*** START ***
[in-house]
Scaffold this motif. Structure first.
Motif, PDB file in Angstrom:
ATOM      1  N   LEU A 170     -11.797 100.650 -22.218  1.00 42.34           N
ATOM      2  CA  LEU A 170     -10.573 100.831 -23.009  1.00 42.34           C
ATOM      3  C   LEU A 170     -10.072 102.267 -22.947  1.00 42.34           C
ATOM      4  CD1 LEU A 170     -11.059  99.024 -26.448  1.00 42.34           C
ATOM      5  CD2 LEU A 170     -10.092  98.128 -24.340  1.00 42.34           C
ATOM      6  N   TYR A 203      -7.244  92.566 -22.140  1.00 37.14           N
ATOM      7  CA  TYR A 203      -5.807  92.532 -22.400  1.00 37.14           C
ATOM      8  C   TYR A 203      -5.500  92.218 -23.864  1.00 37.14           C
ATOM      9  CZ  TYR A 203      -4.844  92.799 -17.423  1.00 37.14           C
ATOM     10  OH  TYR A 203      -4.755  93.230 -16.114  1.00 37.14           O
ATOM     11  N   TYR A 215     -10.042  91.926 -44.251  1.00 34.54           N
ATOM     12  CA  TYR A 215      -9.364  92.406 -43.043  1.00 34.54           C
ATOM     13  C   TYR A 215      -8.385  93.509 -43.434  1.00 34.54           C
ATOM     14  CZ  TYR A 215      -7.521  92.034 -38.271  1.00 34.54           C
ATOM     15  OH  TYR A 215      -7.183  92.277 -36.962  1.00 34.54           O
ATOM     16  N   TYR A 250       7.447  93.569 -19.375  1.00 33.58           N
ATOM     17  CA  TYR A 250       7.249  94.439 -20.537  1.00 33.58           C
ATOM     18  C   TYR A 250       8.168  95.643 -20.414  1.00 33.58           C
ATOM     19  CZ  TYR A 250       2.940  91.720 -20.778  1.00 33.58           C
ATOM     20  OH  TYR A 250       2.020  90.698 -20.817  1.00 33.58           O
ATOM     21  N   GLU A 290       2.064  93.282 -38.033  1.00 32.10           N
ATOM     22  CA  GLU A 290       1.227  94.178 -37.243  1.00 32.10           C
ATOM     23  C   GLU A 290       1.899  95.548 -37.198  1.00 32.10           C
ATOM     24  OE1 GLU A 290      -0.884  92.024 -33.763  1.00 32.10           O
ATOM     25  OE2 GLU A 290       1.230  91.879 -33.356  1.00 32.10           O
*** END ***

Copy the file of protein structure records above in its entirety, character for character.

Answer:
[in-house]
Scaffold this motif. Structure first.
Motif, PDB file in Angstrom:
ATOM      1  N   LEU A 170     -11.797 100.650 -22.218  1.00 42.34           N
ATOM      2  CA  LEU A 170     -10.573 100.831 -23.009  1.00 42.34           C
ATOM      3  C   LEU A 170     -10.072 102.267 -22.947  1.00 42.34           C
ATOM      4  CD1 LEU A 170     -11.059  99.024 -26.448  1.00 42.34           C
ATOM      5  CD2 LEU A 170     -10.092  98.128 -24.340  1.00 42.34           C
ATOM      6  N   TYR A 203      -7.244  92.566 -22.140  1.00 37.14           N
ATOM      7  CA  TYR A 203      -5.807  92.532 -22.400  1.00 37.14           C
ATOM      8  C   TYR A 203      -5.500  92.218 -23.864  1.00 37.14           C
ATOM      9  CZ  TYR A 203      -4.844  92.799 -17.423  1.00 37.14           C
ATOM     10  OH  TYR A 203      -4.755  93.230 -16.114  1.00 37.14           O
ATOM     11  N   TYR A 215     -10.042  91.926 -44.251  1.00 34.54           N
ATOM     12  CA  TYR A 215      -9.364  92.406 -43.043  1.00 34.54           C
ATOM     13  C   TYR A 215      -8.385  93.509 -43.434  1.00 34.54           C
ATOM     14  CZ  TYR A 215      -7.521  92.034 -38.271  1.00 34.54           C
ATOM     15  OH  TYR A 215      -7.183  92.277 -36.962  1.00 34.54           O
ATOM     16  N   TYR A 250       7.447  93.569 -19.375  1.00 33.58           N
ATOM     17  CA  TYR A 250       7.249  94.439 -20.537  1.00 33.58           C
ATOM     18  C   TYR A 250       8.168  95.643 -20.414  1.00 33.58           C
ATOM     19  CZ  TYR A 250       2.940  91.720 -20.778  1.00 33.58           C
ATOM     20  OH  TYR A 250       2.020  90.698 -20.817  1.00 33.58           O
ATOM     21  N   GLU A 290       2.064  93.282 -38.033  1.00 32.10           N
ATOM     22  CA  GLU A 290       1.227  94.178 -37.243  1.00 32.10           C
ATOM     23  C   GLU A 290       1.899  95.548 -37.198  1.00 32.10           C
ATOM     24  OE1 GLU A 290      -0.884  92.024 -33.763  1.00 32.10           O
ATOM     25  OE2 GLU A 290       1.230  91.879 -33.356  1.00 32.10           O